I don’t really keep up with Twitter and only follow a few anyhow (including you), so I hadn’t seen the current controversy, though I have seen discussions in the past. I agree that putting a work in literary context isn’t a “must”. It might be relevant sometimes depending on a work but blog reviews aren’t literary essays OR they are only if the blogger wants them to be.

      I’ve never seen that Updike article before but I can see why you like it. It’s from the author’s perspective, but it’s pretty reasonable it seems to me. Thanks for sharing it.

    • Angela (Ms LiteraryMinded) permalink
      May 21, 2012 5:42 pm

      I *so* agree with Kim about blogs that copy a plot summary from the press release and then relate their ‘thoughts’. It’s structurally lazy.

      Enjoying reading through these…

  8. May 20, 2012 1:09 am

    Things I like to see in a review (and which I try to provide in my reviews as well):
    – a brief description of the story
    – how the reviewer came to read the book (bought on impulse, recommended by friends, etc.)
    – some info about the author but this is not a must. If I’ve read a book by the same author I will mention that and also if there’s some interesting detail as well – when I read “The Yellow Wallpaper and Other Writings” by Charlotte Perkins Gilman I found out that she was the niece of Harriett Beecher Stowe, who wrote “Uncle Tom’s Cabin”; I thought that was interesting to mention.
    – I don’t want an academic review, what I want to see is the impression that particular book has left in the mind of the reviewer. Did they like it? If yes, why, if not, why? I’m not fond of very long posts either. If it’s something that goes on and on, I might just skip it.
    – some quotes are fine. It’s interesting to see the passages people like in a book, as I think they tell something about the reader.
    – not really interested in the awards won but there’s nothing wrong if they are mentioned.

    • May 20, 2012 3:38 pm

      Thanks for joining in Delia. I’m loving everyone’s comments … and pretty much agree with all you say here. I think how the blogger came to read the book is often interesting and personalises the review nicely. I think I sometimes don’t make the impression the book left on my as clear as I could. In trying to avoid cliches I sometimes say nothing! Must work on that one!

  9. May 20, 2012 2:41 am

    This is a great, thought provoking post. I have to confess that I do the dreaded back of the book synopsis, followed by my thoughts, and after having read kimbofo’s remarks, I need to give some thoughts on restyling.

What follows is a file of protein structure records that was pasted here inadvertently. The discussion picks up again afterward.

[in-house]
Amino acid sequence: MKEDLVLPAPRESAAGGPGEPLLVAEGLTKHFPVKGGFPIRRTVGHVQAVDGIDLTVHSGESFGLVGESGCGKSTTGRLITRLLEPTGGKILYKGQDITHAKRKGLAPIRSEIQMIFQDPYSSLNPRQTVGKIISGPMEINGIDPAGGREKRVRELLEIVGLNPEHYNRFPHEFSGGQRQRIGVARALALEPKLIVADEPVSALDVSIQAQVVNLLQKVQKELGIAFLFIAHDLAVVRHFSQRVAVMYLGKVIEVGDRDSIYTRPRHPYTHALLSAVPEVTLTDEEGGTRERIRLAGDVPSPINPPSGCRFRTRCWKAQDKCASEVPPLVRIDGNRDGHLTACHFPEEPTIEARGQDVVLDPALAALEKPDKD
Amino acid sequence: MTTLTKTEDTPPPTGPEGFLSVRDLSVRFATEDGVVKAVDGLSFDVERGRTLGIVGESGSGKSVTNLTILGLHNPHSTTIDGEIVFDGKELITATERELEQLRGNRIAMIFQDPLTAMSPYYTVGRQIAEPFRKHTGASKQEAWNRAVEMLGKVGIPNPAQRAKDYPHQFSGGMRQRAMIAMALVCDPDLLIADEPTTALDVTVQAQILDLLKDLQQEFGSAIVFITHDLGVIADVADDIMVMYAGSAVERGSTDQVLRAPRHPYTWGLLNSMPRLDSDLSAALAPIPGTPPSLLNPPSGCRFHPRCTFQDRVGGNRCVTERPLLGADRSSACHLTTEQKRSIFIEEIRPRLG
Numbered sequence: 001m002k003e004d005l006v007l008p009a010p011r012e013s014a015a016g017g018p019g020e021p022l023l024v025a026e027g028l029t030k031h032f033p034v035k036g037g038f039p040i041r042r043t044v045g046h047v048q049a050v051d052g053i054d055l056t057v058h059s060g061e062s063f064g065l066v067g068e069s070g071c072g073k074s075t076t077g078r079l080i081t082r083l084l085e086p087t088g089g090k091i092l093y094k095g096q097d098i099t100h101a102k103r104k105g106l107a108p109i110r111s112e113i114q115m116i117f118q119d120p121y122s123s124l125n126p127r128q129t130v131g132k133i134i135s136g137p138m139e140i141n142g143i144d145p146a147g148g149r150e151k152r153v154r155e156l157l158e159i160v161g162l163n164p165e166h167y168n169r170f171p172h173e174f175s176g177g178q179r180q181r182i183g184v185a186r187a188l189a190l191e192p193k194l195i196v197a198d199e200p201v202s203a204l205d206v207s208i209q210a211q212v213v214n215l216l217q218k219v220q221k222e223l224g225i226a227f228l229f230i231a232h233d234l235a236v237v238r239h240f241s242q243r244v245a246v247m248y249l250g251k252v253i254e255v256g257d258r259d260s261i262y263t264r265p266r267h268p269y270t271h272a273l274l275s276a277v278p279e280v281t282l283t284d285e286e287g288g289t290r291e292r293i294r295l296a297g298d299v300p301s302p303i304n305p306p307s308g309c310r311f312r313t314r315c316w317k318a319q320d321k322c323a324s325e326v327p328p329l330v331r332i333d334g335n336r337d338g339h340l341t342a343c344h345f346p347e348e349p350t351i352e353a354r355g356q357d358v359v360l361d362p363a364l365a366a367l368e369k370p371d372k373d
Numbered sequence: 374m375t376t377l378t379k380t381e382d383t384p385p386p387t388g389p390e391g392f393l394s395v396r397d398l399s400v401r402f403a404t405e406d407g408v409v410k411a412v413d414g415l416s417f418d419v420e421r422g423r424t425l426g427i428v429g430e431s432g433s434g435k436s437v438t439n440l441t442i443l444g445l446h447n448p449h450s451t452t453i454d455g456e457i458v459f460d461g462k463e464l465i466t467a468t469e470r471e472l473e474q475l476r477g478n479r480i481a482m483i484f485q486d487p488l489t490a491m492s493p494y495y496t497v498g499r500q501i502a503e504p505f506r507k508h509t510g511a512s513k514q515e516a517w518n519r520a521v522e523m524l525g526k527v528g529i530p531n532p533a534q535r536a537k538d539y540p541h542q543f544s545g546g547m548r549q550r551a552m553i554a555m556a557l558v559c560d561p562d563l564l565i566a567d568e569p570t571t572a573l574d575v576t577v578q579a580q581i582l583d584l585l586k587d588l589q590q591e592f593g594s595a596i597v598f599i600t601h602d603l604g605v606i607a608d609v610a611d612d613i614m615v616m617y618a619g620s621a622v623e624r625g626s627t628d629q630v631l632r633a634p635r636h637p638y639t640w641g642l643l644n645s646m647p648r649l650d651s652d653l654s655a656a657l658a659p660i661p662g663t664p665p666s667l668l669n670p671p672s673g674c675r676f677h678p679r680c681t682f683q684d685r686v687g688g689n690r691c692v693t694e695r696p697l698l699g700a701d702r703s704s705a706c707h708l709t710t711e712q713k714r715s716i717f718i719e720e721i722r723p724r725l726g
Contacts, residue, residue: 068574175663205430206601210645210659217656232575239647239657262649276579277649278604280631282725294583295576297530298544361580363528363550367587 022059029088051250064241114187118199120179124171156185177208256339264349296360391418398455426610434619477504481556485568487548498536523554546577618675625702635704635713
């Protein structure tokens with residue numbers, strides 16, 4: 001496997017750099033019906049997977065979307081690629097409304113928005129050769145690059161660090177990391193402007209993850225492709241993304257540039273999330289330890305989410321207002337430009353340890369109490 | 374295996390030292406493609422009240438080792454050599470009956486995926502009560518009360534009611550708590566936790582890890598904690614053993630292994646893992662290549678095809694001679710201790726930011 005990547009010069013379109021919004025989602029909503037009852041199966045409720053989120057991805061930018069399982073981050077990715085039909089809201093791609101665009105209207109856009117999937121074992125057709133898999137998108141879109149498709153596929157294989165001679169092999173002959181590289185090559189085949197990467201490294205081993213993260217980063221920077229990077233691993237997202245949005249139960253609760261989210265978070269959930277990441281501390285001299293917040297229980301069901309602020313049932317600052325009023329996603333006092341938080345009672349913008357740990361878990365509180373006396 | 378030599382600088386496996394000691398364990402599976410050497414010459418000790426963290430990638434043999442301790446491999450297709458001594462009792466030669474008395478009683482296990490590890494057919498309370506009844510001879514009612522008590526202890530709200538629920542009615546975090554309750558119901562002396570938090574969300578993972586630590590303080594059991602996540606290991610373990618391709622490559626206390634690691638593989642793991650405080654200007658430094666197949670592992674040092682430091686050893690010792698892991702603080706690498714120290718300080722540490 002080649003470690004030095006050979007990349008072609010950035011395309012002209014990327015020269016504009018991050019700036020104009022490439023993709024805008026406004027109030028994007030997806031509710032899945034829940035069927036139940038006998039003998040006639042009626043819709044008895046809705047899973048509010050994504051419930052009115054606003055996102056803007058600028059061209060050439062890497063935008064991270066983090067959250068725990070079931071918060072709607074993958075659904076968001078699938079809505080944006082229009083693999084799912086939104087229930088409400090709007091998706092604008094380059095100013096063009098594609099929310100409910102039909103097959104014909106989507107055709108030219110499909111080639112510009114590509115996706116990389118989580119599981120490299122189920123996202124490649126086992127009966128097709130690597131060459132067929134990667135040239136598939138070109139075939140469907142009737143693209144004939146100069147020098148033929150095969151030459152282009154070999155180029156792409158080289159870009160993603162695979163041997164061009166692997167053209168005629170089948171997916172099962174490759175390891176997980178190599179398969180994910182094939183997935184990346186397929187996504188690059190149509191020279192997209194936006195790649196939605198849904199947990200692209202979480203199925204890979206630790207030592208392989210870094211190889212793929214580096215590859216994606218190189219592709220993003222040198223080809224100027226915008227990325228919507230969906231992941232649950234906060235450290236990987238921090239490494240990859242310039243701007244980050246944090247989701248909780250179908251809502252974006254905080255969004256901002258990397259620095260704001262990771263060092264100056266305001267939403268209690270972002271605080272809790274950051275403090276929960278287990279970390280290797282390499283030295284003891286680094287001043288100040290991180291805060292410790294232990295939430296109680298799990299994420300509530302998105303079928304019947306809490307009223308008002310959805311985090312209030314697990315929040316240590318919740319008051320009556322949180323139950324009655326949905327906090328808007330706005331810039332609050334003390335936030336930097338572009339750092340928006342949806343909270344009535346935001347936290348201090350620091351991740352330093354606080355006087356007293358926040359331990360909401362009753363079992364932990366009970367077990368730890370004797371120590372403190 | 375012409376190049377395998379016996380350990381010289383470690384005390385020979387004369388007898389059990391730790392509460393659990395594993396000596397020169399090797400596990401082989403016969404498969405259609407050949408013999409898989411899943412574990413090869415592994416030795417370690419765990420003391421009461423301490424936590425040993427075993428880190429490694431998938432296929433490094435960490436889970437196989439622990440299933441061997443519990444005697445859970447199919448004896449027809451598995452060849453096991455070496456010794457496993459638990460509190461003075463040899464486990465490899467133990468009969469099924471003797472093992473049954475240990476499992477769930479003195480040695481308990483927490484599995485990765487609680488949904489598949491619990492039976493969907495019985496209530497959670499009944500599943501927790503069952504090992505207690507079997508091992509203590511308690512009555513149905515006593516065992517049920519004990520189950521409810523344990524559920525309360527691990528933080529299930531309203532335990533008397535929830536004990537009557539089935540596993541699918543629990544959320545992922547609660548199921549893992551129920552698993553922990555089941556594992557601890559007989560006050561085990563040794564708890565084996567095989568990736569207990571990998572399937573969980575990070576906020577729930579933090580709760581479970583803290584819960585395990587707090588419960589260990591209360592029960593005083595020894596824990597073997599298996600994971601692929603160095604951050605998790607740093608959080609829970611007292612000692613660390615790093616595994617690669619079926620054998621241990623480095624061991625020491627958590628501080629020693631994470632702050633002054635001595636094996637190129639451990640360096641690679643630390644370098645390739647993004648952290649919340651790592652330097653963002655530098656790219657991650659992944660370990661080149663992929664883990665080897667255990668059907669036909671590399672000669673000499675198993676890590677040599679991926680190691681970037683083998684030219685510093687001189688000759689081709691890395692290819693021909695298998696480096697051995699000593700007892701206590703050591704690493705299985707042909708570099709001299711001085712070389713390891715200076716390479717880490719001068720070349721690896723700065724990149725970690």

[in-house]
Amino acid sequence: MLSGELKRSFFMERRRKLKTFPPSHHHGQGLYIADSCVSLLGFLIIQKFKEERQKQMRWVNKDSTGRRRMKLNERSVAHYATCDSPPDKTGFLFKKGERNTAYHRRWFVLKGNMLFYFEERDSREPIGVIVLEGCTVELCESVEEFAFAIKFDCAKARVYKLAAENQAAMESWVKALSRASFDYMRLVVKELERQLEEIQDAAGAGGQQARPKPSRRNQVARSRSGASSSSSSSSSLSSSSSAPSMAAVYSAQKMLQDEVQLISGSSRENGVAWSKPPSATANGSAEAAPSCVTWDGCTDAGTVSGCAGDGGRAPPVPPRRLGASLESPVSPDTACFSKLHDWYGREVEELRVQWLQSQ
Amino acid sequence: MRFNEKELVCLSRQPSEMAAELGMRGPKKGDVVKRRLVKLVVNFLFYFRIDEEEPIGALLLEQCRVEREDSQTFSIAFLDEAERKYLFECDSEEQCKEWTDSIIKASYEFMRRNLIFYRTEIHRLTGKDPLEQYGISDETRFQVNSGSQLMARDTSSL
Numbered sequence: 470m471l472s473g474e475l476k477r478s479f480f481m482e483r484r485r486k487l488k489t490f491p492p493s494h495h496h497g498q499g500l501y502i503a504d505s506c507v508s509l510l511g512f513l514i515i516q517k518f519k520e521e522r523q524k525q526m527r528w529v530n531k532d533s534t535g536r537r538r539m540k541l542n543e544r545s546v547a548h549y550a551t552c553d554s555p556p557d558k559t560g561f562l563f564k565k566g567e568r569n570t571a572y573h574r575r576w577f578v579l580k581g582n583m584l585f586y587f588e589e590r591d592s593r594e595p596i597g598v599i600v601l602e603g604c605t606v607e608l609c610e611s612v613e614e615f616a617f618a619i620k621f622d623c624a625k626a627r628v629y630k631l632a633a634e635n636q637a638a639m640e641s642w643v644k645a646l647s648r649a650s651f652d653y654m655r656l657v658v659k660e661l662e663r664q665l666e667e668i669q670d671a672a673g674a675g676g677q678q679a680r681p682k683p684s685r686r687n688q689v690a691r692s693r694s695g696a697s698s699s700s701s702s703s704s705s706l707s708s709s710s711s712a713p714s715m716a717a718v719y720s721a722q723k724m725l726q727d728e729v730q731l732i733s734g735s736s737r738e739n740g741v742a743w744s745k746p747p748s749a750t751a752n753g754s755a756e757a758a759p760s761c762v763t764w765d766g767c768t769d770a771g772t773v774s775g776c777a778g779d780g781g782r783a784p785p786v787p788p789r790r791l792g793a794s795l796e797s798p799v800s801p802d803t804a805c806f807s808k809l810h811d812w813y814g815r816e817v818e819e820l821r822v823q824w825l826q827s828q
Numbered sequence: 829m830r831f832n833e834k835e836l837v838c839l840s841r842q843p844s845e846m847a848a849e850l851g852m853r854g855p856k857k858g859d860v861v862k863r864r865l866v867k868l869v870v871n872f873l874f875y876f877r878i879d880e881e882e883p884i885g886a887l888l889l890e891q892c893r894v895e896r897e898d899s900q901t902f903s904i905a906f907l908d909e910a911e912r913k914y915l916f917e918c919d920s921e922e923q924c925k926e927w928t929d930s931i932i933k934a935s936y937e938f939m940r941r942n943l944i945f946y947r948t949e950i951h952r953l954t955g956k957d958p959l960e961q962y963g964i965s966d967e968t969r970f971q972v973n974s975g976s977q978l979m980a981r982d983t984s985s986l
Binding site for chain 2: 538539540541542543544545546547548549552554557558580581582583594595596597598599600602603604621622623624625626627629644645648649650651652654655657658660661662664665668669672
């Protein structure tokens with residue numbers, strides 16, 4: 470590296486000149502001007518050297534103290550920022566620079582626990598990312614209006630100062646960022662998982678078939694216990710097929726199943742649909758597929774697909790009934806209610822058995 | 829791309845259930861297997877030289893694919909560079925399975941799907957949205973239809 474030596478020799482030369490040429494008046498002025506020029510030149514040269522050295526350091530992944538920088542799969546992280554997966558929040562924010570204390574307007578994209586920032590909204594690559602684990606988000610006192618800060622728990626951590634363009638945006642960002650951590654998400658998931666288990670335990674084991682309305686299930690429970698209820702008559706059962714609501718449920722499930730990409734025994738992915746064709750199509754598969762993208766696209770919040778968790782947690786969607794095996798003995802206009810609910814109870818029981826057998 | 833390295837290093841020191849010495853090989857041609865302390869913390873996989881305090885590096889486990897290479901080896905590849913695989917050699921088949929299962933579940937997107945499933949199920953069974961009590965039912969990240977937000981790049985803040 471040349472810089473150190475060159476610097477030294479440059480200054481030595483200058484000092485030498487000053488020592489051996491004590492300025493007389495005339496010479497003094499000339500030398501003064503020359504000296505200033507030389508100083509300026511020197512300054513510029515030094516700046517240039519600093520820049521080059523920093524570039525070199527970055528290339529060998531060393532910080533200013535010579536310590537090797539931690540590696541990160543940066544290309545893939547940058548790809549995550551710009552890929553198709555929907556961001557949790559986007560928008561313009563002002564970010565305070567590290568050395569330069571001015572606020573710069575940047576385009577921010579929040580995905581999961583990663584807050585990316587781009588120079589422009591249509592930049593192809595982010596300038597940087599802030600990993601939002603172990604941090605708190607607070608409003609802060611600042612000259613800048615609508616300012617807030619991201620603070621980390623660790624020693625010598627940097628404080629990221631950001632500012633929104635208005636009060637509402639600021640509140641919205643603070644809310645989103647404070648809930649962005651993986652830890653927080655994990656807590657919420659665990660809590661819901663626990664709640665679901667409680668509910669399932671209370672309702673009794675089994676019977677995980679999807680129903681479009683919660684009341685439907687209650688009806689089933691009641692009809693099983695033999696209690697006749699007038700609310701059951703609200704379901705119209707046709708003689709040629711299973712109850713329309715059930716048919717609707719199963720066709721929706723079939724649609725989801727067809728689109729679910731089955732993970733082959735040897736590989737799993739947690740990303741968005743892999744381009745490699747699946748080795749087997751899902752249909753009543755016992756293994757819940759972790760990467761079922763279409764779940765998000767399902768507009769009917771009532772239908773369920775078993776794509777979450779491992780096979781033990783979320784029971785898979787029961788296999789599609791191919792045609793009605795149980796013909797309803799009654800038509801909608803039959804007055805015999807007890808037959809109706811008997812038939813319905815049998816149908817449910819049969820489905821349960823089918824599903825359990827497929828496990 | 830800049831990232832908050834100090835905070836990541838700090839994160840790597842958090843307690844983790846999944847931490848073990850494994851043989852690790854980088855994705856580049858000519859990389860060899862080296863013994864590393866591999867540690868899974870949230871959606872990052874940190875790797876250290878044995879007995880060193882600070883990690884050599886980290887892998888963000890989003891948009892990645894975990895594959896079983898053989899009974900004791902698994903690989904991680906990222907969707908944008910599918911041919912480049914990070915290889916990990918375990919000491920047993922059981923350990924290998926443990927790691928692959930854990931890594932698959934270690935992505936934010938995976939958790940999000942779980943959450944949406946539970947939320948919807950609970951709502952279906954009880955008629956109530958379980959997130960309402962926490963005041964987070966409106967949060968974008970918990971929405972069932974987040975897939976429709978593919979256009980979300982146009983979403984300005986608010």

Regarding the points you listed, here’s what I really like:
    * A basic summary of the plot, either above review or incorporated into review. I do not like the whole book regurgitated at the beginning of the review. It’s boring (to me), and it serves no purpose (IMO) in convincing me to read or not read. Frankly, if I’m reading the book review, it usually because I’m familiar with the author or it’s a title I have heard or had recommended.
    * I like both objective analysis of literary merit and a conversational chat about what the reviewer likes. I tend to lean toward more informal, non-academic reviews, although I avoid reviewers that are just gushing (or complaining) about content. Obviously content is important, but reviewing (again, my opinion) is not about pointing out all the ways I would have done it differently, but rather evaluating whether or not the finished product works or does not.
    * Some quotes, but they shouldn’t be the overwhelming bulk of the review.
    * Essay vs. Bullets depends on the reviewer I think, and (to some extent) the book reviewed. I have employed that technique when I have several specific points to address, but most of the time I write in essay format.
    * Keep it short. It is rare that I stick around for a long review, unless the reviewer’s writing style grabs me immediately. I think it’s important to make your points and be succinct. That is what I gravitate toward reading, and that’s the aim when I write my own reviews.
    * Images? Only if they are illustrative of a point.
    * Awards? Not an important point for me personally.
    * Discussion of other works, etc.? Again, if pertinent or illustrative of a particular point.
    * Tags / Categories / Labels? Yes, yes, yes!
    * Reading challenges? Not important to me.
    * I think publication details are important, but they should be brief. Title, author, format, narrator (if audio), isbn, copyright date. This is especially important to me on audiobooks that have several versions, becuase some narrators are vastly better than others.
    * I hardly ever follow links to other reviews unless I follow the blogger and know them to recommend things that I will like. Otherwise I read reviews on Goodreads, Amazon.com, or wherever.
    * Unless the book is extremely hard to find, purchase info is unnecessary IMO.
    * Oxford comma? HAH! Your call…

    Thanks for this post. Loved it. Lots to think about!

    • May 20, 2012 3:45 pm

      LOL Laura, thanks for commenting and ‘fessing up! I don’t think there’s necessarily anything wrong with that style…different readers like different types of reviews. Also, it’s a matter of why you are writing your blog, what you want to achieve, and how much time you’ve got to write them. The one great thing about blogging is that none is paying us so we can write exactly (as long as it’s legal of course) what we want, the way we want to write it.

      Thanks for all your reflections on my questions … I think we’re building up quite a picture and I might do a follow up post summarising them in a few days (or a week or so!).